It is one of those generally accepted truths among students that internships and work experience involve two things: making coffee and photocopies. At The Cricketer magazine, someone else makes the coffee, and they don’t have a photocopier. In some ways, it’s just two fewer things for me to cock up.
My only previous work experience came last summer, when I endured a difficult week working at a local daily newspaper, on the newsdesk. Modern newsdesks are not what they used to be – there are far more screens than the golden era of newspapers – and most people working there and scrambling about either trying to embed in their current job or hang around long enough to find another one. Although I learnt a lot about how to write and report, it took 2 days for anyone except HR to take any notice, and they made no effort to hide the fact that I was a total inconvenience to them. It was an emotionally draining five days.
I had put pressure on myself to make a better stab at this placement; I have read The Cricketer since I was a boy and my early teenage years were spent cutting out pictures of my favourite cricketers and sticking them up all over my bedroom(You’re a weirdo…Ed.), so I arrived at Great Portland Street to start a two week placement at the world’s leading cricket magazine with a few butterflies in my stomach, and having had very little sleep. However, my nerves were quite ill-placed. The publishing assistant showed me round, introduced me to everyone by name, I shook some hands, and then he dumped me on my desk and went downstairs.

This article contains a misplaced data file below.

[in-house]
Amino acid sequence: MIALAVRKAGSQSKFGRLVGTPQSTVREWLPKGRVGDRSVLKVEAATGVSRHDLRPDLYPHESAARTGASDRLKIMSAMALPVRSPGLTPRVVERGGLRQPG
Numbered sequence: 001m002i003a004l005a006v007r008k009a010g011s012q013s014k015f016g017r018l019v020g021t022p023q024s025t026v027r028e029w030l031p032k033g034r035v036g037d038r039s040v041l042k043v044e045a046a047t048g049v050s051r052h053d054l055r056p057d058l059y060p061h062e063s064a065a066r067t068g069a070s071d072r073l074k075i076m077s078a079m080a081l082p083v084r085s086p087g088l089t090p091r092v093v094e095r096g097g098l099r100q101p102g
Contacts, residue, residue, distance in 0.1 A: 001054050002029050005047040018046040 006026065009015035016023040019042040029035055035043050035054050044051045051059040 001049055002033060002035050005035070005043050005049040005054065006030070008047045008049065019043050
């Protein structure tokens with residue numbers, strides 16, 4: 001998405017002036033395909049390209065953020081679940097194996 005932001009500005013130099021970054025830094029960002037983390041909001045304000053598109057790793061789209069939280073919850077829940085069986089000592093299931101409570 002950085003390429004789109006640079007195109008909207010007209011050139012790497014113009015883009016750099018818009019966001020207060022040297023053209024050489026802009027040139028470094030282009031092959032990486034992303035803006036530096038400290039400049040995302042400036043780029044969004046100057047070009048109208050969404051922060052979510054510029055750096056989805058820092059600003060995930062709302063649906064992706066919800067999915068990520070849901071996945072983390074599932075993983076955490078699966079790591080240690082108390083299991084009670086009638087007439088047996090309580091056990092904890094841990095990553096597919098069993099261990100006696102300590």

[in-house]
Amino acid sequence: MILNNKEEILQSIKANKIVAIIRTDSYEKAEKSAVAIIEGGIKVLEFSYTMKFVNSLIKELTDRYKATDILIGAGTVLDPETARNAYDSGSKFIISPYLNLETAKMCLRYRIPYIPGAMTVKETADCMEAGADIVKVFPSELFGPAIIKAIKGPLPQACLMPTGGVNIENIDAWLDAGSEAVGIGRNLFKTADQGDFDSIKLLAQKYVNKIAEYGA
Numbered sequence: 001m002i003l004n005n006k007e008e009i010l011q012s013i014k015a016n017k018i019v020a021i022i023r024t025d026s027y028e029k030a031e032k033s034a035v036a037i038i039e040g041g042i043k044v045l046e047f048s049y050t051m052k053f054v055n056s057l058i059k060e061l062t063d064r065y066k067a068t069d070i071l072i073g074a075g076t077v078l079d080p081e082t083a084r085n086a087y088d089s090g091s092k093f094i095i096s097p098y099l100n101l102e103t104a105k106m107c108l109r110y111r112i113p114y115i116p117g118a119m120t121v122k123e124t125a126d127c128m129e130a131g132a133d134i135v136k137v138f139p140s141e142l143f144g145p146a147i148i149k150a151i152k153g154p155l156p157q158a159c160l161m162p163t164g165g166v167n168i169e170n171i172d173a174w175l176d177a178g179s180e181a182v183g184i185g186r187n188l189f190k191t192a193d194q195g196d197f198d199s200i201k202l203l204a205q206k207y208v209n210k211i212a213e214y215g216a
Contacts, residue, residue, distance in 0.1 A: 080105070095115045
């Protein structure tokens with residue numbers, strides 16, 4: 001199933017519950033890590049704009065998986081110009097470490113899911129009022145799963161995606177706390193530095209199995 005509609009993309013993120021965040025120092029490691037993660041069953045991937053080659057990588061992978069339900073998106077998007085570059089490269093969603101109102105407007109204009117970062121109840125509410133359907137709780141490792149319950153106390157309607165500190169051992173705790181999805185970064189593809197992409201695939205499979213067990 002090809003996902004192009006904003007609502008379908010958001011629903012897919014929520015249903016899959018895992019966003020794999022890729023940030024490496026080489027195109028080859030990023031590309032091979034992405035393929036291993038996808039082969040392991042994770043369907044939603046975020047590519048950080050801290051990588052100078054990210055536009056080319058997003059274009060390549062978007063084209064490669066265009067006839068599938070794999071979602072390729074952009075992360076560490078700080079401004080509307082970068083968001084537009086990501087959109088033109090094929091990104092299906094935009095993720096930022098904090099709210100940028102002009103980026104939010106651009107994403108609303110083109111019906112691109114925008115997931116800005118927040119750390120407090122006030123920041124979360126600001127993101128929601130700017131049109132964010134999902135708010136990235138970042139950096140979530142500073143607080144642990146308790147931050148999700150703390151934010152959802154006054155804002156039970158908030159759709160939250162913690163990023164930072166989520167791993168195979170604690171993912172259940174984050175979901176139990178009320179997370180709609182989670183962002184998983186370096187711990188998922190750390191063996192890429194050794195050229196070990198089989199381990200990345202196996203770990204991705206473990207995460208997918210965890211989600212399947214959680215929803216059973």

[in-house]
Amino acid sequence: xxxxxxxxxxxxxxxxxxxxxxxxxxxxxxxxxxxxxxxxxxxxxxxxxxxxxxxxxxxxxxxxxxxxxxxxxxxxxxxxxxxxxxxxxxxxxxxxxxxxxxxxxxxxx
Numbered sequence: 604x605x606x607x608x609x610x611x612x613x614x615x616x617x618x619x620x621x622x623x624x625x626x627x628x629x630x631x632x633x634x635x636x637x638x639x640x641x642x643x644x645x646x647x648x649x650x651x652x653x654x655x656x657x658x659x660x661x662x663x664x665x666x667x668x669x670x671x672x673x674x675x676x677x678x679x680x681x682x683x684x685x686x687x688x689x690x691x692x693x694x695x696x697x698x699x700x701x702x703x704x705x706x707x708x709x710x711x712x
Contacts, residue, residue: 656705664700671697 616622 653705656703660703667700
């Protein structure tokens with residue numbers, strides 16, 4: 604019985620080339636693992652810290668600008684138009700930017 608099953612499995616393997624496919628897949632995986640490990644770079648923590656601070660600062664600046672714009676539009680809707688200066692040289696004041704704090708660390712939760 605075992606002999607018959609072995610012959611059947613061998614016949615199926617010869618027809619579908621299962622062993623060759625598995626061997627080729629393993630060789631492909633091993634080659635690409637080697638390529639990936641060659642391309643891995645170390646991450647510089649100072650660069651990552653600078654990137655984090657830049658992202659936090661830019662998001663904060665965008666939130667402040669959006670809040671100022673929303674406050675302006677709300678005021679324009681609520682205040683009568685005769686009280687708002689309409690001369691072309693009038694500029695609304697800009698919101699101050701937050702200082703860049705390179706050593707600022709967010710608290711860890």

The man sitting opposite me was my editor, it transpired, which was a little intimidating. However, the size of my iMac meant that hiding behind it only required a little slouching. There were only two others in the office, and all three of them disappeared into a meeting for half an hour soon into my first day, which provided me with an excellent opportunity take an inordinate number of selfies and to steal everything I wanted to steal. (You’re aware this is pretty incriminating, right?)
On their return I was tasked with a few bits of information gathering to write up, and the opportunity to ring up any number of professional (ex-)cricketers for some minor interviews. It’s fair to say I cocked all of them up: I fail to get anywhere near enough copy of the interview, had to do three rewrites, and then simply failed to grasp the concept of one piece of work. Even so, everyone was very accommodating, and my mistakes were duly pointed out and corrected.
Day Two went considerably better…